ALA President Julie Todaro responds to Kansas City (Mo.) Public Library free speech arrests
For Immediate Release
Communications and Marketing Office
ALA Media Relations
CHICAGO - On May 9, 2016 Kansas City Public Library Director of Public Programing Steve Woolfolk was arrested for his efforts to protect free speech during a public program entitled “Truman and Israel.” During the program off-duty police officers hired by the event sponsor arrested a patron for asking difficult questions and then arrested Woolfolk when he tried to intervene.
American Library Association (ALA) President Julie Todaro released the following statement.
“The ALA commends the Kansas City Public Library for its commitment to fostering public deliberation and the exchange of a wide spectrum of ideas by offering meeting rooms and other spaces for lectures, educational programs, and organizational meetings," said Todaro. "Its long history of support for free speech in public programming exemplifies the library profession’s mission to influence positive and lasting change within their communities by providing opportunities for patrons to freely express opposing viewpoints without fear of persecution.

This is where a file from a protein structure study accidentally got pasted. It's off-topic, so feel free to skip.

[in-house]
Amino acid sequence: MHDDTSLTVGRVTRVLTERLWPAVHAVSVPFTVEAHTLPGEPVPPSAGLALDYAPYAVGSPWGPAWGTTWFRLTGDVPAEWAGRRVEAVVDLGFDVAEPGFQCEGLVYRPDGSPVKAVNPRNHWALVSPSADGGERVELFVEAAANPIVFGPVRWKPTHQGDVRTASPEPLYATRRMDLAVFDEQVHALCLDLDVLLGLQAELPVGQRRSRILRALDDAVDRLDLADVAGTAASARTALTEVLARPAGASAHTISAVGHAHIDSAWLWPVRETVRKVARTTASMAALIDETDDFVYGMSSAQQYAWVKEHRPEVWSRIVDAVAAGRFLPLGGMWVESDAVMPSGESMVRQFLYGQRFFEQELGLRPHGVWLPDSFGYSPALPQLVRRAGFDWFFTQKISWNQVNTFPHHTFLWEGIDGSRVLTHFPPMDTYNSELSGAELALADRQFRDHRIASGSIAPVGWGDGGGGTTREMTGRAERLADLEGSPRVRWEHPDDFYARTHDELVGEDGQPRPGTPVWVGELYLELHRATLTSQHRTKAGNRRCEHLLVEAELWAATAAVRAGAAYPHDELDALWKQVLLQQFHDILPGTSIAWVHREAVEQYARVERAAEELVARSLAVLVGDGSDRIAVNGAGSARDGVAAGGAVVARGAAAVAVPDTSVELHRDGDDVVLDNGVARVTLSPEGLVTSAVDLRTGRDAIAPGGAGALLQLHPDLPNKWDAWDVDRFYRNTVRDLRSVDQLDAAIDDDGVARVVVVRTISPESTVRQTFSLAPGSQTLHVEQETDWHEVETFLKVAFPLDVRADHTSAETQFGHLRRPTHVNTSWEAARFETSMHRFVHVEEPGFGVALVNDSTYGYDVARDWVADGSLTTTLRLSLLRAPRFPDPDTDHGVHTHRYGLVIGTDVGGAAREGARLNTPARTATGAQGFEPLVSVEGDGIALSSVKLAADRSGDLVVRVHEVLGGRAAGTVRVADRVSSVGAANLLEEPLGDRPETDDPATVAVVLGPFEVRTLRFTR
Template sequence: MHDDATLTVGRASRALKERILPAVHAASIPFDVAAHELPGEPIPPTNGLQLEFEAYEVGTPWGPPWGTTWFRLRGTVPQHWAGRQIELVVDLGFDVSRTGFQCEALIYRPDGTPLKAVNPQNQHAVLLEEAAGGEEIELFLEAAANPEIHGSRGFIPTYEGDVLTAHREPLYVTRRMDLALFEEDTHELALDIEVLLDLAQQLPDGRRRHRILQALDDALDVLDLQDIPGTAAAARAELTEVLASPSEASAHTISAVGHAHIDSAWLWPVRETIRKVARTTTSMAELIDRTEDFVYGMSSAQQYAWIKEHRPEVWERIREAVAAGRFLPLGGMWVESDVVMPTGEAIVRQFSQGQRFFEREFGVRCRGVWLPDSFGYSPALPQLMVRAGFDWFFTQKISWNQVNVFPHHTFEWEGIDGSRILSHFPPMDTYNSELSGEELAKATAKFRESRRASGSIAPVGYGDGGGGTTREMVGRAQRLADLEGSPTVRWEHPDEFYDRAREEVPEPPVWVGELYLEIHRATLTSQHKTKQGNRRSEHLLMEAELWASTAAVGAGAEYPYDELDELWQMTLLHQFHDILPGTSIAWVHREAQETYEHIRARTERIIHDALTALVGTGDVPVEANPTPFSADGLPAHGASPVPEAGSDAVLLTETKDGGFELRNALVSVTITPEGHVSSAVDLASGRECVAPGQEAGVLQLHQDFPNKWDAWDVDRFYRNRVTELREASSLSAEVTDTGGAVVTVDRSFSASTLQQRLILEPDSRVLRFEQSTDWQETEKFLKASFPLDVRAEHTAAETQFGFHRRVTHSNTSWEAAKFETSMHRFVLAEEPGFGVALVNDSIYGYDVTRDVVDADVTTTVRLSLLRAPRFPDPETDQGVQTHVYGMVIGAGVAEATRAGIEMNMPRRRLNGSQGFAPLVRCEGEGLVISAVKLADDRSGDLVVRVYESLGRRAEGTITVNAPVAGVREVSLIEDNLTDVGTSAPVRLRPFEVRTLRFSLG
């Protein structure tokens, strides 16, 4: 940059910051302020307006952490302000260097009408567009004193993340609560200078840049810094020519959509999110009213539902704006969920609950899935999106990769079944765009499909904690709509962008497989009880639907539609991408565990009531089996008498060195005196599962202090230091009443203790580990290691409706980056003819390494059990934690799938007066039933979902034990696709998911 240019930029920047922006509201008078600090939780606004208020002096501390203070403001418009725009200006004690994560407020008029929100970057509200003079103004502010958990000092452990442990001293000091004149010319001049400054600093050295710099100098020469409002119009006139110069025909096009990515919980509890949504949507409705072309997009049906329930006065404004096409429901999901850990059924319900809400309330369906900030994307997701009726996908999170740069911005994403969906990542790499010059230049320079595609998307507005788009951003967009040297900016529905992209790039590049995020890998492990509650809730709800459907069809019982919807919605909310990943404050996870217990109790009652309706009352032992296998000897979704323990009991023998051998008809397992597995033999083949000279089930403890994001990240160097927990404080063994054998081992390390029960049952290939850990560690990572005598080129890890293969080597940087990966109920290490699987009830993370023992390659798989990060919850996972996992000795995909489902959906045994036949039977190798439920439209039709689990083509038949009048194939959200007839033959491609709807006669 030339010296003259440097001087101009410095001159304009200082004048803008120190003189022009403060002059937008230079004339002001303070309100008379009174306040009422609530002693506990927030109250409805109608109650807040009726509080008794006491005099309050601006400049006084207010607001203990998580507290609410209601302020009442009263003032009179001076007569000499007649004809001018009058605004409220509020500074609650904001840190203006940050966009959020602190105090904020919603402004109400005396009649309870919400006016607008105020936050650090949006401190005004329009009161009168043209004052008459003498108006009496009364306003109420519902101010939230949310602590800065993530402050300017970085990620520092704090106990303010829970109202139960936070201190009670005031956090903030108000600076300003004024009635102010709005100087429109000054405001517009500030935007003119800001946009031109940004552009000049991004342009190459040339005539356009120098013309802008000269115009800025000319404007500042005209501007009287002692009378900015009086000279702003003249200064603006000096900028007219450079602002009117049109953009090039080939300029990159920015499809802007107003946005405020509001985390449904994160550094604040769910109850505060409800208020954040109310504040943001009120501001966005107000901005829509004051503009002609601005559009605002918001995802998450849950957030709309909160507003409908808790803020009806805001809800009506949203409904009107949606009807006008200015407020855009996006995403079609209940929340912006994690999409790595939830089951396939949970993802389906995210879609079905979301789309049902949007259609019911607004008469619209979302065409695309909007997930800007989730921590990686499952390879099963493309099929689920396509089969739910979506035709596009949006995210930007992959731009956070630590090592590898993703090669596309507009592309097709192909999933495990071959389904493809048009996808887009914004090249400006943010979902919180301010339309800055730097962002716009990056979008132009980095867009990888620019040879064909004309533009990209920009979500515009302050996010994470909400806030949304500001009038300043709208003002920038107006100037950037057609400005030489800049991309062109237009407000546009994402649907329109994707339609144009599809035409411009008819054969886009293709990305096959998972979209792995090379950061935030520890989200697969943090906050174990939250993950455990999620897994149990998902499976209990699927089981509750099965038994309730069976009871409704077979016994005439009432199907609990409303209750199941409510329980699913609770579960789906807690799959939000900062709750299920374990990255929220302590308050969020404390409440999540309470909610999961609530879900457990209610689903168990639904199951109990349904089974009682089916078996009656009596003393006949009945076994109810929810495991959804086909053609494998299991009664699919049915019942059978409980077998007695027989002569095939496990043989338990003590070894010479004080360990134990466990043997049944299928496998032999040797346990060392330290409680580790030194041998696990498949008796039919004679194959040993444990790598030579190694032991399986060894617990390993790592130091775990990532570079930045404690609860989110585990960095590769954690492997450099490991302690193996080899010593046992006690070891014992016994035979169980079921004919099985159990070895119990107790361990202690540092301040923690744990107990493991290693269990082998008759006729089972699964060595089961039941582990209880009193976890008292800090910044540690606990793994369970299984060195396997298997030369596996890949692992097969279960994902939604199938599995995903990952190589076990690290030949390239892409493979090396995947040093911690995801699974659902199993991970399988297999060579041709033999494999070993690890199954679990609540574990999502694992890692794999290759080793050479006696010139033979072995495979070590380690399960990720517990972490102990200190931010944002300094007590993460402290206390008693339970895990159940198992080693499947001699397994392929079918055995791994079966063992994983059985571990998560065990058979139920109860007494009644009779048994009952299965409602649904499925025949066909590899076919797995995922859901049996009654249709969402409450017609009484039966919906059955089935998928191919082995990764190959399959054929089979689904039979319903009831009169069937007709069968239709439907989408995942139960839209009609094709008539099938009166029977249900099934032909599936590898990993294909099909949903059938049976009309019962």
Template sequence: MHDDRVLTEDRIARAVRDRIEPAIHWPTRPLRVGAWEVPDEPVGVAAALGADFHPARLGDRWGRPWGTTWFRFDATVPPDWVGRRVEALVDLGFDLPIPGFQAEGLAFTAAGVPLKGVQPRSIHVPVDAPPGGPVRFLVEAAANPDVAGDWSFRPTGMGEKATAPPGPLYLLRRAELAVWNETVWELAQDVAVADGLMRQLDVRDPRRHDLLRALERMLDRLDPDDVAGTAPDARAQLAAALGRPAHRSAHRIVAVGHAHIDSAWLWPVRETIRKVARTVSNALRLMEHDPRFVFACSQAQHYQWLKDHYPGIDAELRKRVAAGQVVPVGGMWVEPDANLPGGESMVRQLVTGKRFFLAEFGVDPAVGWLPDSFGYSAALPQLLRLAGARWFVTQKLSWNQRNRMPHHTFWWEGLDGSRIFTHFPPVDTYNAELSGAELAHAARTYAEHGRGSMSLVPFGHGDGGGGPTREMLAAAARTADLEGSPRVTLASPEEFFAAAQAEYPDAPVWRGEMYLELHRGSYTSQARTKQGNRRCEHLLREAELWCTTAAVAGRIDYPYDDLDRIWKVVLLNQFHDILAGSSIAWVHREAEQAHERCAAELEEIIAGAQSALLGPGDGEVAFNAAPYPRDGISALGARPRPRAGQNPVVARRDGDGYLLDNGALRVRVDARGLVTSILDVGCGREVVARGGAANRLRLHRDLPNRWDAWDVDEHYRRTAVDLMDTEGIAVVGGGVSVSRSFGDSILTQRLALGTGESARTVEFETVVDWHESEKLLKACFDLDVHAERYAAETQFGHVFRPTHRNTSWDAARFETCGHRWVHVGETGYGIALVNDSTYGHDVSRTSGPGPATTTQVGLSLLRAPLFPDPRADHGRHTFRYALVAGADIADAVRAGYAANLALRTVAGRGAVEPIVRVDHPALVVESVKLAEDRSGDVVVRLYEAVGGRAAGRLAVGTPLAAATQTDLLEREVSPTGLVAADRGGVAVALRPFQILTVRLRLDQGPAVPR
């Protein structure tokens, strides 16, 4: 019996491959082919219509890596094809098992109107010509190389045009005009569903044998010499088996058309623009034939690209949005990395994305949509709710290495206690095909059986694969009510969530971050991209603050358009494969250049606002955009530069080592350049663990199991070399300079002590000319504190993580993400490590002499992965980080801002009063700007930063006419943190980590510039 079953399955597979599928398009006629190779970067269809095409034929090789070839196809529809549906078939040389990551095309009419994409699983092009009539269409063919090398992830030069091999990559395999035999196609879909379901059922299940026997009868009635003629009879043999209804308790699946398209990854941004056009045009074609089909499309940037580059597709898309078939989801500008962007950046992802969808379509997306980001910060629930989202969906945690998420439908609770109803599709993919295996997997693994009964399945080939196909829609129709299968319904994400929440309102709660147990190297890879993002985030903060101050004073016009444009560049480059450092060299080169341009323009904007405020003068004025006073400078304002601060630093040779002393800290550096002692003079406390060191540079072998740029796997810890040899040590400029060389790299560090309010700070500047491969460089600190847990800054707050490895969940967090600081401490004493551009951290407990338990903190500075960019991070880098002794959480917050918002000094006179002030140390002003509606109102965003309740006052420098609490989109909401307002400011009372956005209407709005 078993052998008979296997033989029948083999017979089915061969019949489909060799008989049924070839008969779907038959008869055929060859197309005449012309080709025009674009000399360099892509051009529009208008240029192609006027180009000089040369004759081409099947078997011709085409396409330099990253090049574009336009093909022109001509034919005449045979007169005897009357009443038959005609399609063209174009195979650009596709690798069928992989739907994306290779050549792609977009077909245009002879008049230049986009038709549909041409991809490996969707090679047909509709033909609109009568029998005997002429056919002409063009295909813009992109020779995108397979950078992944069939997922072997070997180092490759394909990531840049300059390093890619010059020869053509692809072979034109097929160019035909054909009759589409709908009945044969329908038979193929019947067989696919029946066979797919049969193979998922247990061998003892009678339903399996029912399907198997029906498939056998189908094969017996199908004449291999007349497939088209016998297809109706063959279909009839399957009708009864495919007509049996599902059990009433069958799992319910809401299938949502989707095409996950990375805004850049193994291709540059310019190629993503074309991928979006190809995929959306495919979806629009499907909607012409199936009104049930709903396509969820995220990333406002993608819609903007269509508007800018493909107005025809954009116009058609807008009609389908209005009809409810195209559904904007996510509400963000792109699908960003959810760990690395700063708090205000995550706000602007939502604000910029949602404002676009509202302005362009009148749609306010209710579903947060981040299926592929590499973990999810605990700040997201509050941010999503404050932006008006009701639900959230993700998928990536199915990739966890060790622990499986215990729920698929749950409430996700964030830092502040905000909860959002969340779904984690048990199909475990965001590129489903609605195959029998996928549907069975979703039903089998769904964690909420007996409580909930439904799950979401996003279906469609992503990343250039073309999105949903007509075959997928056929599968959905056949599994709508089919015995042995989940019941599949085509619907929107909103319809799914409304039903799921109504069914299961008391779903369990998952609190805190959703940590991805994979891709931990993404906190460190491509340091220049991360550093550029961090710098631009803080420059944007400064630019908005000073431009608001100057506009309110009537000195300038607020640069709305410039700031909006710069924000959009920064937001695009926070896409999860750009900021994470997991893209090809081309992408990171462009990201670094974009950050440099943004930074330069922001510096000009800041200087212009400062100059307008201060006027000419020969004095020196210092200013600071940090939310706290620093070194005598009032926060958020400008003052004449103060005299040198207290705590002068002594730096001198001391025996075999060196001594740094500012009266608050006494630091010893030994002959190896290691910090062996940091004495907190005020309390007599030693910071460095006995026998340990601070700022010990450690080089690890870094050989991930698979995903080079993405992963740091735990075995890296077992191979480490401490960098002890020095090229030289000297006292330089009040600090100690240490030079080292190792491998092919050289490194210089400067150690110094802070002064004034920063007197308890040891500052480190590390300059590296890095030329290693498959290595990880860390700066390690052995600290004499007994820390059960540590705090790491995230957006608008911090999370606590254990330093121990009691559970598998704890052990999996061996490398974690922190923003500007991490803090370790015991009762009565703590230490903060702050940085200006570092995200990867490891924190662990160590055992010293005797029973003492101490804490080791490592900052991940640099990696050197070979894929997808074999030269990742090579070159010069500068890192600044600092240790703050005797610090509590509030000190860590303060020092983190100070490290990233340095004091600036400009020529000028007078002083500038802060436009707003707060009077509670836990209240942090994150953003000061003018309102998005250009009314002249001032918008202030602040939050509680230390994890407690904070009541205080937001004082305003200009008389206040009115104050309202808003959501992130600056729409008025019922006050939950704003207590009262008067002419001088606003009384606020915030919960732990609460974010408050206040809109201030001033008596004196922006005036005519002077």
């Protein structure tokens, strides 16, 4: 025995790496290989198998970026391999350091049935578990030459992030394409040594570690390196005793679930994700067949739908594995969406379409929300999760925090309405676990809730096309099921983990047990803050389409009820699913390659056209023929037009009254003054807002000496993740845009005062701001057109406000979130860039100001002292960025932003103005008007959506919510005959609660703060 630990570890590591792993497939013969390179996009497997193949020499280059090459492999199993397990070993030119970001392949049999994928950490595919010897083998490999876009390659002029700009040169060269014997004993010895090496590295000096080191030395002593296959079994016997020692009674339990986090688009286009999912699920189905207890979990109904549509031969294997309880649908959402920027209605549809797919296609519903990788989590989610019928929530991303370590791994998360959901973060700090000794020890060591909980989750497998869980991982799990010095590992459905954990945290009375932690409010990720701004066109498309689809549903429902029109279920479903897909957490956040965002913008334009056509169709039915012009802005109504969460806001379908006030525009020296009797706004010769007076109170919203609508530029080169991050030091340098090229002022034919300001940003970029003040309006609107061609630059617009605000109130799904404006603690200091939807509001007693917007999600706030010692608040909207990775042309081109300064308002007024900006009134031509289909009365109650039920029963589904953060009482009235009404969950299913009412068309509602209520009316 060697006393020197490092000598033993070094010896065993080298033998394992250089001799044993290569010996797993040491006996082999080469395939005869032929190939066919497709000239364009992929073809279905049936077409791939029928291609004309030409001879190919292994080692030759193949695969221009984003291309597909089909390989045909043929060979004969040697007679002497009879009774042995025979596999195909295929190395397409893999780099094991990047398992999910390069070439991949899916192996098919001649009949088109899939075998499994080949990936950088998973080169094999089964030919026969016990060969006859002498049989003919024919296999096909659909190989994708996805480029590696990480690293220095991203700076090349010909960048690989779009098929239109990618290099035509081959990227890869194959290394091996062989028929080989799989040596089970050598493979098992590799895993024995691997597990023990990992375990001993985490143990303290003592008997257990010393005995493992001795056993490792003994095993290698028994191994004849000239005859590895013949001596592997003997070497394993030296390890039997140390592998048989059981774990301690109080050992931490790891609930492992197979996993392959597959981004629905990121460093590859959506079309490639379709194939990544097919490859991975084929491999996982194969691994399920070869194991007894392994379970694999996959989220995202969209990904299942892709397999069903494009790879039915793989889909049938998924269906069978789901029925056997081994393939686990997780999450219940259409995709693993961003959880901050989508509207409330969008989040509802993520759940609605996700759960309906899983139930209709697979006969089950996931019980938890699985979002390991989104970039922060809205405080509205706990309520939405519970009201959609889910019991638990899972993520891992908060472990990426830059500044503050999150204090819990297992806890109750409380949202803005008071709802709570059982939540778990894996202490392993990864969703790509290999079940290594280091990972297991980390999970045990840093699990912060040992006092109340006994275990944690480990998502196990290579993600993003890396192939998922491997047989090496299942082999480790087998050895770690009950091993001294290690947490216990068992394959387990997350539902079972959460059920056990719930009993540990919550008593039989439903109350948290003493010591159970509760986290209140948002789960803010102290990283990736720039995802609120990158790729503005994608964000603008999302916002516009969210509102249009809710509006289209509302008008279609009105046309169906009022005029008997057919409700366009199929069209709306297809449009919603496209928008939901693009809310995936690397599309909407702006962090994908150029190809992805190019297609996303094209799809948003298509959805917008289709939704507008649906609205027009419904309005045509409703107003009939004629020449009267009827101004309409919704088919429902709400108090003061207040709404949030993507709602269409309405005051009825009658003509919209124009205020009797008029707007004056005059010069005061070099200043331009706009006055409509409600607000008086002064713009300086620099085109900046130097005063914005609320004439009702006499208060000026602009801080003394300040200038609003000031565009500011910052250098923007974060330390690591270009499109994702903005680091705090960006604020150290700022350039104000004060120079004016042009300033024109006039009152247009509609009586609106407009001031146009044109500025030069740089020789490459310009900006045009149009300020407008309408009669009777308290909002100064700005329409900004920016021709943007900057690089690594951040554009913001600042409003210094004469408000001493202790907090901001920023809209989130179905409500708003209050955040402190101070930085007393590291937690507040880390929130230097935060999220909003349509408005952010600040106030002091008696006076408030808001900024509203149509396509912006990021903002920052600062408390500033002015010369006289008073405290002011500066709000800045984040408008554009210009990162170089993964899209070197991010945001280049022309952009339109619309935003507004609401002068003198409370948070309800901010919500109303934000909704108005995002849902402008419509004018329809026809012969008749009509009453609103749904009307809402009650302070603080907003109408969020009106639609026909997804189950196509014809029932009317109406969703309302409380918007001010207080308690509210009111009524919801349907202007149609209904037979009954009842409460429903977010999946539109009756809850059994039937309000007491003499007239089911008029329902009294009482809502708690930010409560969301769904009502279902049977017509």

“Libraries are public institutions that serve as catalysts for public discussions that help solve community challenges. Such efforts are not possible when patrons are not allowed to engage in open debate in a public forum, but rather are arrested for asking difficult questions.
“The ALA commends Steve Woolfolk for defending a patron's right to question and debate matters of public concern. The association will continue to extend resources to library staff as the Kansas City (Mo.) Public Library moves forward with its legal efforts.”
The American Library Association (ALA) is the voice of America's libraries and the millions of people who depend on them. Its 57,000 members are primarily librarians, but also trustees, publishers and others who support the work of the association.